“It is time to bring it back to when music meant something. Time to reacquaint yourself with the love and emotional breadth of music and forget about the cliques, politics and the stigma that our culture has accepted as normal. Time to break down the barriers between us, knock down the separations. It is time to come together. And thus I present fawks.I_o.“
Moving to LA, despite his fresh ideas and newly-found path, he still struggled with who he was and who he was supposed to become. Even with the new project, Garrett struggled with the concept of the industry and it being ‘Soul’d Out‘.
His work started to reflect his consistent mindsets. His social media and show announcement tactics were heavily influenced as well. And this wasn’t just i_o. Many artists, in my opinion, use marketing tacts with aggressive wording that could generate dark thoughts in others.
I have to admit, I muted Garrett’s social media because of his dark humor and how triggering it was. At a point, I even commented on how some captions were troubling. Something was up and this isn’t the first artist or individual that my gut thought needed assistance. I was met with an influx of replies saying I just don’t understand that he’s been vocal about his struggles and this is his way of coping. I withdrew from commenting further because not everyone interprets the words like I do (and that’s ok!). However, I wish I continued. While there’s no right answer in situations like this, I think there are sure-fire ways to do your part before moving on or monitoring from afar. I wish I was more vocal. I wish we were more vocal. You can’t help people who do not want to be helped. But damn, it’s always worth a try.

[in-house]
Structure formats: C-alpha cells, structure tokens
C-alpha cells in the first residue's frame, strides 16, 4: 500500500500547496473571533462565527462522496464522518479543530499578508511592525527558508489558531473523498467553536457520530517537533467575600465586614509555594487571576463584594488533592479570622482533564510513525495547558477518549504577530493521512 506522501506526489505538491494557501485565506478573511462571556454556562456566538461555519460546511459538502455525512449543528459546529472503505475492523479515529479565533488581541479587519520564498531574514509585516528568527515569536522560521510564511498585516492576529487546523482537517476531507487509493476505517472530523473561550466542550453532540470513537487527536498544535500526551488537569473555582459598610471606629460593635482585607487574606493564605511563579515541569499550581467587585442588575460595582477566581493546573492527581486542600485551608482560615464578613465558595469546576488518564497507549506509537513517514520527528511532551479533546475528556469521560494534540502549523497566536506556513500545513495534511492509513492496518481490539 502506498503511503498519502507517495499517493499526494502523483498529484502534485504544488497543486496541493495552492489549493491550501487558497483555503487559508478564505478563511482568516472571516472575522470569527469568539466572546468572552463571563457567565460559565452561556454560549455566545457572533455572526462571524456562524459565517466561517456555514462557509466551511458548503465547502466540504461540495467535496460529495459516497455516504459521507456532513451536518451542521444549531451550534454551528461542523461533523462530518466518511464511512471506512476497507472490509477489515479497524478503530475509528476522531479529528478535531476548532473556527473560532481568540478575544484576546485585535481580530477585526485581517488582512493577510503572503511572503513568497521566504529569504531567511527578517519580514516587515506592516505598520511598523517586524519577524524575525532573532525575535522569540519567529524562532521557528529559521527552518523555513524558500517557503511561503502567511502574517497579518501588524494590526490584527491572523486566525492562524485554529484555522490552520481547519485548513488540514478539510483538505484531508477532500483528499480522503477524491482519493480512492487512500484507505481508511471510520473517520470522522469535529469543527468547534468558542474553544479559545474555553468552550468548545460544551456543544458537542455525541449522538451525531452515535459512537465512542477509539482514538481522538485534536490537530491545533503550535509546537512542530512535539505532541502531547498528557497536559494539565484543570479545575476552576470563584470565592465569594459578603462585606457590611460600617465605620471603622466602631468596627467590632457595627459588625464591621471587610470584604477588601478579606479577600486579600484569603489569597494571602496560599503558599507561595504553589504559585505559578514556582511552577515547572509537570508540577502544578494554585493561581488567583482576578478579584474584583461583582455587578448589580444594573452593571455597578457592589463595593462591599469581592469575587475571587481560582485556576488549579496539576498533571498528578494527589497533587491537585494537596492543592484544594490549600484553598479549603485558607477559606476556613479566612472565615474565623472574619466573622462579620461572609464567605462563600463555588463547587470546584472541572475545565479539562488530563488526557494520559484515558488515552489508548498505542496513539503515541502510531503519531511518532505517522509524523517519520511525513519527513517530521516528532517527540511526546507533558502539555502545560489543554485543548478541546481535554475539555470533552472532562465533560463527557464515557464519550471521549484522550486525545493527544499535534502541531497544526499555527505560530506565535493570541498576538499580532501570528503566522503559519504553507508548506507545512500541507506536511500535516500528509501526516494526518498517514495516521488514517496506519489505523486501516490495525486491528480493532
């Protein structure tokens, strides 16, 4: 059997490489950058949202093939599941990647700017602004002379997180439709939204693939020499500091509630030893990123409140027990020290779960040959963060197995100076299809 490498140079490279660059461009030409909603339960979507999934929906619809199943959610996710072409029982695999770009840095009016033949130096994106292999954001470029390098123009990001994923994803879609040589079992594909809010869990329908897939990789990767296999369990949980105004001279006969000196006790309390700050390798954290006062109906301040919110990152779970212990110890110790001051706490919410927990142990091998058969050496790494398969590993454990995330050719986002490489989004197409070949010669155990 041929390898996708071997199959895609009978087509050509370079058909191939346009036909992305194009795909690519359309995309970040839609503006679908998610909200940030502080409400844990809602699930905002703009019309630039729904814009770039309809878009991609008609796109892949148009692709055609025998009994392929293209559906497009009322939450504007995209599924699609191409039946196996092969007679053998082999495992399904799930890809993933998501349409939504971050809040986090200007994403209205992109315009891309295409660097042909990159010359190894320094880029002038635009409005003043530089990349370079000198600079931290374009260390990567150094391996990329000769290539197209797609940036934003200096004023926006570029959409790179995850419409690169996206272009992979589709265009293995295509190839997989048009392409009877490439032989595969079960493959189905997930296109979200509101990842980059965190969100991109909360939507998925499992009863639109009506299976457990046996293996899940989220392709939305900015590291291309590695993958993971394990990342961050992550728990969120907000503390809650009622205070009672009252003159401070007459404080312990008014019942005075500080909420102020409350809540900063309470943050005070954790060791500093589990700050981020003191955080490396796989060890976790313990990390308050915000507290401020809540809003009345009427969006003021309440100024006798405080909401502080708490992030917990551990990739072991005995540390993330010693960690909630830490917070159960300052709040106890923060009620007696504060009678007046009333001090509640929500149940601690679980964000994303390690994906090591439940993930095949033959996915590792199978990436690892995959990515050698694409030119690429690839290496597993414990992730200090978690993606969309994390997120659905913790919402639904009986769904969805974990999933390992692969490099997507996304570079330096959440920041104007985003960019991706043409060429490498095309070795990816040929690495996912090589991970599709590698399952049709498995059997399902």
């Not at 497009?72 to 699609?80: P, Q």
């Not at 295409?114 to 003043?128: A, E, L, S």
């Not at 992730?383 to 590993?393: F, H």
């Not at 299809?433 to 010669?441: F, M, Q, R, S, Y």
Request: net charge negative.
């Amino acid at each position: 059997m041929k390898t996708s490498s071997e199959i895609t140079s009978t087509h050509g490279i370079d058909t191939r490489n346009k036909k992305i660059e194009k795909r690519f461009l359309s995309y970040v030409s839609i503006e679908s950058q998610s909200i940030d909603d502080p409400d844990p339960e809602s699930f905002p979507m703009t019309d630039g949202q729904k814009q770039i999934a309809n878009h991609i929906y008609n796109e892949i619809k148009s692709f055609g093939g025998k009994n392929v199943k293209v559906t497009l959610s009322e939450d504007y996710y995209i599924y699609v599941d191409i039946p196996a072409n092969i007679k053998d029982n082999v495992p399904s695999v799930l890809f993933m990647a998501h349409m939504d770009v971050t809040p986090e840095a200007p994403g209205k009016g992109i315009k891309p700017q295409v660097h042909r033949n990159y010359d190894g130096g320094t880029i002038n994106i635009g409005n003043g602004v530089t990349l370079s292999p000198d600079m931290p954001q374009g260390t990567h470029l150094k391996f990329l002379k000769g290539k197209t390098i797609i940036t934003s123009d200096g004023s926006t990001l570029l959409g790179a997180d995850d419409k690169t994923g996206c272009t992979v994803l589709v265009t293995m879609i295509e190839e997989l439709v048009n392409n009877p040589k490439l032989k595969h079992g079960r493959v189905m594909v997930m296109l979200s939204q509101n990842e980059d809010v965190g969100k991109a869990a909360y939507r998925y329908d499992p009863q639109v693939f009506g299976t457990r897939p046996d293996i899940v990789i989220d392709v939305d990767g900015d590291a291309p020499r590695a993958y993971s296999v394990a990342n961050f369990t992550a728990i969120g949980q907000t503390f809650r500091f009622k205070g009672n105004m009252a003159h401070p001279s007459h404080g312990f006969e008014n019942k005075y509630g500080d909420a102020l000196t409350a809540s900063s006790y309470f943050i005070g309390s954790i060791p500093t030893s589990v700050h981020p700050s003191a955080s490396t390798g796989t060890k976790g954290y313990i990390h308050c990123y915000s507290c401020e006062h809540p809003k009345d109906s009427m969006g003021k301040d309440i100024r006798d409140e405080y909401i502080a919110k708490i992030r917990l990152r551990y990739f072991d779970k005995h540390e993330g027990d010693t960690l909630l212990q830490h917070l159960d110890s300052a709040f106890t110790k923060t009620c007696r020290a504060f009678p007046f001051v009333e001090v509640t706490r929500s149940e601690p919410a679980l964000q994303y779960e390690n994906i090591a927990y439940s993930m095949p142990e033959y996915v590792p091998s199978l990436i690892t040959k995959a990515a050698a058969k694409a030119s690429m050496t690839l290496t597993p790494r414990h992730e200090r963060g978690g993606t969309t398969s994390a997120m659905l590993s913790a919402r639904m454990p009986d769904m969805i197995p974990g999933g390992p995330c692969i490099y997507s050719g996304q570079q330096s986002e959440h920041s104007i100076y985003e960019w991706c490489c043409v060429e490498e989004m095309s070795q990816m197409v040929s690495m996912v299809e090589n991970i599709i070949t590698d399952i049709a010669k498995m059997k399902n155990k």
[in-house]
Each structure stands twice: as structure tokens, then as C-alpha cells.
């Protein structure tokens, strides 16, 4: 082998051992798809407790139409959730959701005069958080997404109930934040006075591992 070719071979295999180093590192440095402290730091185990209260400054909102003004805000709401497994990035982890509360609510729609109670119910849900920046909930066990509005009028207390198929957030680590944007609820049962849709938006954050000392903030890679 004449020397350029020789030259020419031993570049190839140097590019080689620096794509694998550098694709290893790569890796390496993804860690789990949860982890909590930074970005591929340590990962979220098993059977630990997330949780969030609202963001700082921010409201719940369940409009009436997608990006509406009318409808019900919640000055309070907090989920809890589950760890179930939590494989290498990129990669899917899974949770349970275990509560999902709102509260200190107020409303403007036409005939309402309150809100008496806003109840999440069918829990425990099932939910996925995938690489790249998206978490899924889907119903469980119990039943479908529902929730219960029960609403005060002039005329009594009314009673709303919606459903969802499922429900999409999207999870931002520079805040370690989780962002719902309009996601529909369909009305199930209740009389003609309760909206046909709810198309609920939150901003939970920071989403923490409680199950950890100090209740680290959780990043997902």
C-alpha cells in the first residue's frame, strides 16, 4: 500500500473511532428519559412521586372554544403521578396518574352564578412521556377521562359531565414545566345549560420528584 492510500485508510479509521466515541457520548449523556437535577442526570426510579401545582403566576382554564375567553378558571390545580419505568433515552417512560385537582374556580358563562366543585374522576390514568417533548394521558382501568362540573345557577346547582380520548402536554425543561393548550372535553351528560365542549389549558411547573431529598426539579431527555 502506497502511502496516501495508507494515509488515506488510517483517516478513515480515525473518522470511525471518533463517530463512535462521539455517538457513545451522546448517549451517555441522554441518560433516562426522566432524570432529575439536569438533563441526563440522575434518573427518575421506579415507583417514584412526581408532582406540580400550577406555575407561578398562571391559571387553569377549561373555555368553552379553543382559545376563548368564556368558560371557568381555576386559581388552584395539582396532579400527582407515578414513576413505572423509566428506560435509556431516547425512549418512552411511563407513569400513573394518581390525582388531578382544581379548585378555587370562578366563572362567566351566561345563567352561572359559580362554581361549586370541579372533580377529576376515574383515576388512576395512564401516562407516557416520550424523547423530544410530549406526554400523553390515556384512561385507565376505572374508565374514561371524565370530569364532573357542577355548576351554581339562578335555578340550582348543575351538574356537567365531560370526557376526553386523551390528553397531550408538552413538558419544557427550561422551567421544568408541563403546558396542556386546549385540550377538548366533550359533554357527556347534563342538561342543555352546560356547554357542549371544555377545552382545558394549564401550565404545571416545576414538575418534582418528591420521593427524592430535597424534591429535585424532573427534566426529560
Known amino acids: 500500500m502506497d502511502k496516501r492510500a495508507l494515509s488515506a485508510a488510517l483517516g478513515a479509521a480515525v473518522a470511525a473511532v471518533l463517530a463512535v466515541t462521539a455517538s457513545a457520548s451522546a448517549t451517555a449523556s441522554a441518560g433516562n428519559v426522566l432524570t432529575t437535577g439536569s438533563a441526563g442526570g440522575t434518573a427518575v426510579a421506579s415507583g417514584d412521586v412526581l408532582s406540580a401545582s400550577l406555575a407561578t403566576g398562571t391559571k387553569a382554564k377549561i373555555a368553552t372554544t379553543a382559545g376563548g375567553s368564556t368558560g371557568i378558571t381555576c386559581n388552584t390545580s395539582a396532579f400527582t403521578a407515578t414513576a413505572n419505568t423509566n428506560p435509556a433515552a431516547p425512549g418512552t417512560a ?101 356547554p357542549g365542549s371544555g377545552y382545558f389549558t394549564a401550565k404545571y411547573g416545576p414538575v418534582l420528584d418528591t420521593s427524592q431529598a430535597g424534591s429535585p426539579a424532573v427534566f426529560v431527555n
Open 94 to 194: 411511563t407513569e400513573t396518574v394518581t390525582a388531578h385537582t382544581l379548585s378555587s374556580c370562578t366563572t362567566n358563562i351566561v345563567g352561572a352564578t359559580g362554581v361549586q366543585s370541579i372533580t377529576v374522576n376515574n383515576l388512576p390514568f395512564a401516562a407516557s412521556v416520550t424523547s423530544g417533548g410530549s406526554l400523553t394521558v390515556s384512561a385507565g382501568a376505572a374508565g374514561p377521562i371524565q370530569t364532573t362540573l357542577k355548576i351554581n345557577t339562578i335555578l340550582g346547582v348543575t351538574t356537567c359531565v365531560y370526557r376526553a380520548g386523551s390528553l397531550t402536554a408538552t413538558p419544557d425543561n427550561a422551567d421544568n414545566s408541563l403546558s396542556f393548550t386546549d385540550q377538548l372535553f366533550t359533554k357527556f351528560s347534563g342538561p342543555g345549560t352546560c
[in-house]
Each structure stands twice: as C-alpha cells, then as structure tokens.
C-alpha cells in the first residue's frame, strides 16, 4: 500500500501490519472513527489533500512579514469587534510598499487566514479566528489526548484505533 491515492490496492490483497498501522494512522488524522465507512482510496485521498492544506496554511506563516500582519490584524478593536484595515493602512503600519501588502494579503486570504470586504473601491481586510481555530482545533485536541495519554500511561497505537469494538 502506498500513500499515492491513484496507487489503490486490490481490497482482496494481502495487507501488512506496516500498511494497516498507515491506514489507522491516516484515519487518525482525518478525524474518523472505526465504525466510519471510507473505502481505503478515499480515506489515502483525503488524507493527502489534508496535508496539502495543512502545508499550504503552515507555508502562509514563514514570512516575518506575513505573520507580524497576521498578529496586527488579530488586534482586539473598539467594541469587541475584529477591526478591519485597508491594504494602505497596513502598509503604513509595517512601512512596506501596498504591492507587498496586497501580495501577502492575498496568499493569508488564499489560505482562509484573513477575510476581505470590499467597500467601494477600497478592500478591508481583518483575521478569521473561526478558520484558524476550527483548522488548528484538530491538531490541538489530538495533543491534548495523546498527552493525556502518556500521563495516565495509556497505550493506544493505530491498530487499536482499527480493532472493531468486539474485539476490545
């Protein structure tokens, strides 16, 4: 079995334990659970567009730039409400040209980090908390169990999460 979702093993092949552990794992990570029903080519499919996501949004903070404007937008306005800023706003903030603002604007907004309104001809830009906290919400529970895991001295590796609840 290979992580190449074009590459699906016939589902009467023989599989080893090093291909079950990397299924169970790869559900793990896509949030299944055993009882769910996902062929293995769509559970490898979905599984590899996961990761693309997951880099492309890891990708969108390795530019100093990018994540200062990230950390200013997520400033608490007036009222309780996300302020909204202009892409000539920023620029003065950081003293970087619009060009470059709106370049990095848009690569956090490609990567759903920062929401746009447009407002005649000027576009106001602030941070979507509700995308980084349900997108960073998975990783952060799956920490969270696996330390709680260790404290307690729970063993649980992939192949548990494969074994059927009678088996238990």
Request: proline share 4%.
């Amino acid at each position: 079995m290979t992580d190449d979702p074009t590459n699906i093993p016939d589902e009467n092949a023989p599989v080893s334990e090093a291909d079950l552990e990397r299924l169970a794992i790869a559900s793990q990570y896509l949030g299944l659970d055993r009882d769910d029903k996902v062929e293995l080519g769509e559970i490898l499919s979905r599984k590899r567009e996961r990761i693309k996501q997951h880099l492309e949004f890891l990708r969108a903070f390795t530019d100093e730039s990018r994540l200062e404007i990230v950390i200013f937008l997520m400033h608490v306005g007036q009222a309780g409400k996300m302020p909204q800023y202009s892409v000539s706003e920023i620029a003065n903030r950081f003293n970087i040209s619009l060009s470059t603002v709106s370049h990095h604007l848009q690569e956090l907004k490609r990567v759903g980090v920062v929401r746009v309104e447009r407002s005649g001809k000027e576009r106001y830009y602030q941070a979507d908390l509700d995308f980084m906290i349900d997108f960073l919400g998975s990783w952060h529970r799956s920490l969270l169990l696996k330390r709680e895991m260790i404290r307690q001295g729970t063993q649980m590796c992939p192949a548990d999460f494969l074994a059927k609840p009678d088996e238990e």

And that leads me to this. One takeaway from his death is to…
Suicide and mental health survivors deal with their unwanted mindsets daily. Things, words, memories, media, literature, sitting in silence, and more can be triggering. Relapses can happen. There’s no one or thing to blame for them. But, what the world can do is collectively look out. Sometimes, it’s not enough to say, “I’m here for you”. Let’s then put it into action. It’s time to keep knocking on the door, even when it’s bolted shut. It’s vital now more than ever, with suicide rates skyrocketing at alarming rates during this pandemic and mental health support becoming almost impossible to obtain without insurance or a steady income (which is hard to find nowadays).
I think now is the time to show support – to add an extra few seconds to our interactions with humans or to allow the words on our screens to seep a bit deeper into our skin. Add those few extra seconds to focus on how someone answers the most basic question, “How are you?”. Or dig behind the pixels of our phones and computers to see if someone’s words need more of our attention and assistance. It seems people are forgetting how unbelievably fulfilling it is to show up and be there for those in our hearts and strangers we see.